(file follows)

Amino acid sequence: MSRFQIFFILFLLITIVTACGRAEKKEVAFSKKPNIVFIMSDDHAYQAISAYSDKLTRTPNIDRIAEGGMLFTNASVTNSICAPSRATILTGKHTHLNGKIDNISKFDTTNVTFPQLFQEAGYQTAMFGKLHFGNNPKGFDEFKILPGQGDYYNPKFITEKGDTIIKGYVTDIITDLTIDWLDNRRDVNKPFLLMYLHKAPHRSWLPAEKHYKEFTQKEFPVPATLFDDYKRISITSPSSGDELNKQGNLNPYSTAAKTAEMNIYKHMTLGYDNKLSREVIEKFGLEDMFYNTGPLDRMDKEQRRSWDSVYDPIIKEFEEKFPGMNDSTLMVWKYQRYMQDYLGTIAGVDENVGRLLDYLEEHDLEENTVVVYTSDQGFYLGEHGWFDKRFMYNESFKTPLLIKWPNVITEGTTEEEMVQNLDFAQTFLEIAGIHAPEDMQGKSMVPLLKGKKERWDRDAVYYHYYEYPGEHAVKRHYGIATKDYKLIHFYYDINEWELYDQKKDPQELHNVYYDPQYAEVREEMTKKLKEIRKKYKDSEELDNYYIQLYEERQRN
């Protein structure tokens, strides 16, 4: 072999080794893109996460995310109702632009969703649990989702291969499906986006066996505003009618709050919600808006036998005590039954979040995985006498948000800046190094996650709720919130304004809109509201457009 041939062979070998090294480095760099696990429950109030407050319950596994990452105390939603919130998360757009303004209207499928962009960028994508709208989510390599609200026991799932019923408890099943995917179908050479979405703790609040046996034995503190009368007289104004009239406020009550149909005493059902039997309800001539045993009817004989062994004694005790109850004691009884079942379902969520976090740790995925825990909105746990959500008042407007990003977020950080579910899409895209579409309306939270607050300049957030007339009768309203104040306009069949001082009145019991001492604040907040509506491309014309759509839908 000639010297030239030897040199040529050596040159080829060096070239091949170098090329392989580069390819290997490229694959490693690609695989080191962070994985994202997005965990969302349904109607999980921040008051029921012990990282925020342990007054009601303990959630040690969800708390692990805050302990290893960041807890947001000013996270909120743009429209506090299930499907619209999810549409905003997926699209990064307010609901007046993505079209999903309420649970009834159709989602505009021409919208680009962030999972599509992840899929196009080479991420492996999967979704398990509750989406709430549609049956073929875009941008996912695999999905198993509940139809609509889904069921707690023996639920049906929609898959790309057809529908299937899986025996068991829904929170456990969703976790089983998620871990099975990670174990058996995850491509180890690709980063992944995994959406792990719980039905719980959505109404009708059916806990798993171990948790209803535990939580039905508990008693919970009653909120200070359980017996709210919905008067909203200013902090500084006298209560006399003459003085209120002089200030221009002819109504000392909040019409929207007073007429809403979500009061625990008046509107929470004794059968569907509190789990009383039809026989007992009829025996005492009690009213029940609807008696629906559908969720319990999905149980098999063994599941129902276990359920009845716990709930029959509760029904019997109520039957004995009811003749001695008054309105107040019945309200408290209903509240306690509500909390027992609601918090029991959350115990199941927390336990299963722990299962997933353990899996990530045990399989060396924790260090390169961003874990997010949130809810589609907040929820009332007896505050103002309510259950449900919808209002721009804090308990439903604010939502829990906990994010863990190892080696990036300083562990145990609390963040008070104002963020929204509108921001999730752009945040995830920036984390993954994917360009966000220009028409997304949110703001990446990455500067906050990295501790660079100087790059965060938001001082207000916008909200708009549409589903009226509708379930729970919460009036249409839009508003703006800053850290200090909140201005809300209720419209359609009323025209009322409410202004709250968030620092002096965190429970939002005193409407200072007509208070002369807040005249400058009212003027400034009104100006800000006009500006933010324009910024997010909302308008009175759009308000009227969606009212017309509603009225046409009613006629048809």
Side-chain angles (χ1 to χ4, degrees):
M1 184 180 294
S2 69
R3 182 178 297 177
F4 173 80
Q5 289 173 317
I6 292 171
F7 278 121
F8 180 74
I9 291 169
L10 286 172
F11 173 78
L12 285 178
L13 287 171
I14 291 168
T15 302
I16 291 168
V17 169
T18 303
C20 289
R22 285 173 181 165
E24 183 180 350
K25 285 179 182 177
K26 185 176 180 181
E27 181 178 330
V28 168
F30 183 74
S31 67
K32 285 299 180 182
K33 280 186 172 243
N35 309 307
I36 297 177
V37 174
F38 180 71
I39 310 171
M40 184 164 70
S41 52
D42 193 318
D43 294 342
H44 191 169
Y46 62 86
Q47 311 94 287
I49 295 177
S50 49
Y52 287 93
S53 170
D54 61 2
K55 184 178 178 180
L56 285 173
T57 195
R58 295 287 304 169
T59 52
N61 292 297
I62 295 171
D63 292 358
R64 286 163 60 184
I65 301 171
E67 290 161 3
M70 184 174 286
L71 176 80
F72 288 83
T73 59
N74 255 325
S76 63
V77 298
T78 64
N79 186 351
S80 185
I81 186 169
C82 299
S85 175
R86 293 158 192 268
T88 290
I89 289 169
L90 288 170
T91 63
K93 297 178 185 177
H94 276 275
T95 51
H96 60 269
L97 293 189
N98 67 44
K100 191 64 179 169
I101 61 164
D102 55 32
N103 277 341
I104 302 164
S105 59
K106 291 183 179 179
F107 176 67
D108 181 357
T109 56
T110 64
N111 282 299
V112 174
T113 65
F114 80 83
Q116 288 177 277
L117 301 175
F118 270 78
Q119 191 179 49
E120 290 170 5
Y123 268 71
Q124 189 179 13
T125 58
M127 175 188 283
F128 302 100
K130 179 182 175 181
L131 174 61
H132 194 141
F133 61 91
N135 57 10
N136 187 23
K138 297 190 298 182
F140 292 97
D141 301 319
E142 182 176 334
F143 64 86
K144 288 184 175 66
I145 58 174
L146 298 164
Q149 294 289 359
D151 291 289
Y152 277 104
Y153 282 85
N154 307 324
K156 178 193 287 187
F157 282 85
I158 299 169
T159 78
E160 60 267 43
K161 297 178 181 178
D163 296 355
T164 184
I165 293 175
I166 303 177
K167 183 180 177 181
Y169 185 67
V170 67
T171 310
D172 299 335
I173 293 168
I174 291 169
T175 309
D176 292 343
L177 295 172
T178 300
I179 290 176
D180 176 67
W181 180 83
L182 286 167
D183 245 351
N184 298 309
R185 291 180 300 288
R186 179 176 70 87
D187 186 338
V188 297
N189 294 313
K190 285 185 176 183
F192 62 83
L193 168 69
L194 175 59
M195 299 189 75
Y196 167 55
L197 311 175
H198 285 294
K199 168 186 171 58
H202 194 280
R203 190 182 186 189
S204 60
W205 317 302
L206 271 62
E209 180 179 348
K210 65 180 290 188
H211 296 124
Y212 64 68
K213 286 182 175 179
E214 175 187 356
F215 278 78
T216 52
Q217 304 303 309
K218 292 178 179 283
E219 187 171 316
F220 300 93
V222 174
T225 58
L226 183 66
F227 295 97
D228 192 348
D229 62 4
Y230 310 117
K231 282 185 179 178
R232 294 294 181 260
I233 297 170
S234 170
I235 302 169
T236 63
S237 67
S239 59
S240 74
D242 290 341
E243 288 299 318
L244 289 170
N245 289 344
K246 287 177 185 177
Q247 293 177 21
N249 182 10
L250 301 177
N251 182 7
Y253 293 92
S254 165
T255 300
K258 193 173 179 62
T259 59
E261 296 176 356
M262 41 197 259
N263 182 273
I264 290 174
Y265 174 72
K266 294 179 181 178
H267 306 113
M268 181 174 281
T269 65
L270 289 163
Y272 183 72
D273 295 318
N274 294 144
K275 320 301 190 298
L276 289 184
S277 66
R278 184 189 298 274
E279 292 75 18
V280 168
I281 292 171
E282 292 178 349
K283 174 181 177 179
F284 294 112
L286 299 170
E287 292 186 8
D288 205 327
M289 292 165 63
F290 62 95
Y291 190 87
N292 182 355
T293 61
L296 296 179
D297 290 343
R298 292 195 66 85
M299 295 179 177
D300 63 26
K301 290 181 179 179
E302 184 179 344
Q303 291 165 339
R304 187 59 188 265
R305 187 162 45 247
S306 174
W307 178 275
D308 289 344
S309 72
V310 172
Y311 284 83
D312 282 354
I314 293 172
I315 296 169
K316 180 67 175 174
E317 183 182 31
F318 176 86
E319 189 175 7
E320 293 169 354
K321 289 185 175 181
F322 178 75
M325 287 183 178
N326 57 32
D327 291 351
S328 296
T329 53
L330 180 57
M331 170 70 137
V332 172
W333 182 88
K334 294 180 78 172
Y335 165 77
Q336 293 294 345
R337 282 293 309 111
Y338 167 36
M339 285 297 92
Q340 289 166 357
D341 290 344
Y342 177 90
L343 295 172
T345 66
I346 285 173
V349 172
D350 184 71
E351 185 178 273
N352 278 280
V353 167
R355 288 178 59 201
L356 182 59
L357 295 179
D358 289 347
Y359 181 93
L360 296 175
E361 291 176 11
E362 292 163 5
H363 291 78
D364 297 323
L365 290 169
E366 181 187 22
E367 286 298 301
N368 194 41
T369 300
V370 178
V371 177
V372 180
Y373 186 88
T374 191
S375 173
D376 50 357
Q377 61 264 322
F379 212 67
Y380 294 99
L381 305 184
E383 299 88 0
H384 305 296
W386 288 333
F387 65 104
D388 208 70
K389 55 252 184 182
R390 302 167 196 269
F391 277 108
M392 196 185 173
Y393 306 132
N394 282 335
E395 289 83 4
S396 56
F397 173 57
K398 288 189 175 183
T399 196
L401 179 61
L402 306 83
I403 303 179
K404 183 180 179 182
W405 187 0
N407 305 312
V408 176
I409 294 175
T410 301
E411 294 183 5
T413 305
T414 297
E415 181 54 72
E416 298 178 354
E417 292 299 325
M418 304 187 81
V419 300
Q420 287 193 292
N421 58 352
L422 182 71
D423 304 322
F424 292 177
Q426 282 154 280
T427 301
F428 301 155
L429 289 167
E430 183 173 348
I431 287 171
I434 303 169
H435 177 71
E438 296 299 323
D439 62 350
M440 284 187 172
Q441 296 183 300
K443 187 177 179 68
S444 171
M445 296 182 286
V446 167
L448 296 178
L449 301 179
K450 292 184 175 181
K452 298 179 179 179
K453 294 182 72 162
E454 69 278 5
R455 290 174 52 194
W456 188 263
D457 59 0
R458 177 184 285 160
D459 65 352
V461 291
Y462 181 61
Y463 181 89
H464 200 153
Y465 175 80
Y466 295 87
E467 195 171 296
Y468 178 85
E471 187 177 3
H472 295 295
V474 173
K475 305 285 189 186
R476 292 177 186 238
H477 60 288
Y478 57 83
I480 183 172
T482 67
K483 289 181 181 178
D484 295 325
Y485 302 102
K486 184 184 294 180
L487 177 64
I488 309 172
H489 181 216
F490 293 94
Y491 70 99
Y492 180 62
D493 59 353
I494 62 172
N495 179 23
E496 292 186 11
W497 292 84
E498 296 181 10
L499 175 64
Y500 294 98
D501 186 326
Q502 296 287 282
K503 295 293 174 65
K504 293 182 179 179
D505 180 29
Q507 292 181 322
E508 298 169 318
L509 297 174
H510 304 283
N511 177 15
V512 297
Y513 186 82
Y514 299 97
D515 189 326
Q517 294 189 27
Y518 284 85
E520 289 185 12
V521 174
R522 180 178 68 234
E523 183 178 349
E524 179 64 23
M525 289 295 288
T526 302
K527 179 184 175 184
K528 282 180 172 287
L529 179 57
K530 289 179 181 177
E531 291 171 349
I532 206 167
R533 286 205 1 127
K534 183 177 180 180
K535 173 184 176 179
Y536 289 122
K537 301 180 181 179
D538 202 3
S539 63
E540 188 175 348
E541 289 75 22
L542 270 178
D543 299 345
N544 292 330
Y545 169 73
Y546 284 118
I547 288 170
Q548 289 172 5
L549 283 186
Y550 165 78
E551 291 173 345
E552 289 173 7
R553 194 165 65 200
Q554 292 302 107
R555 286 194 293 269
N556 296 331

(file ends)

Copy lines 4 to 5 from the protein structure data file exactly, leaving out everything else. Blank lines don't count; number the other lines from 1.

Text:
M1 184 180 294
S2 69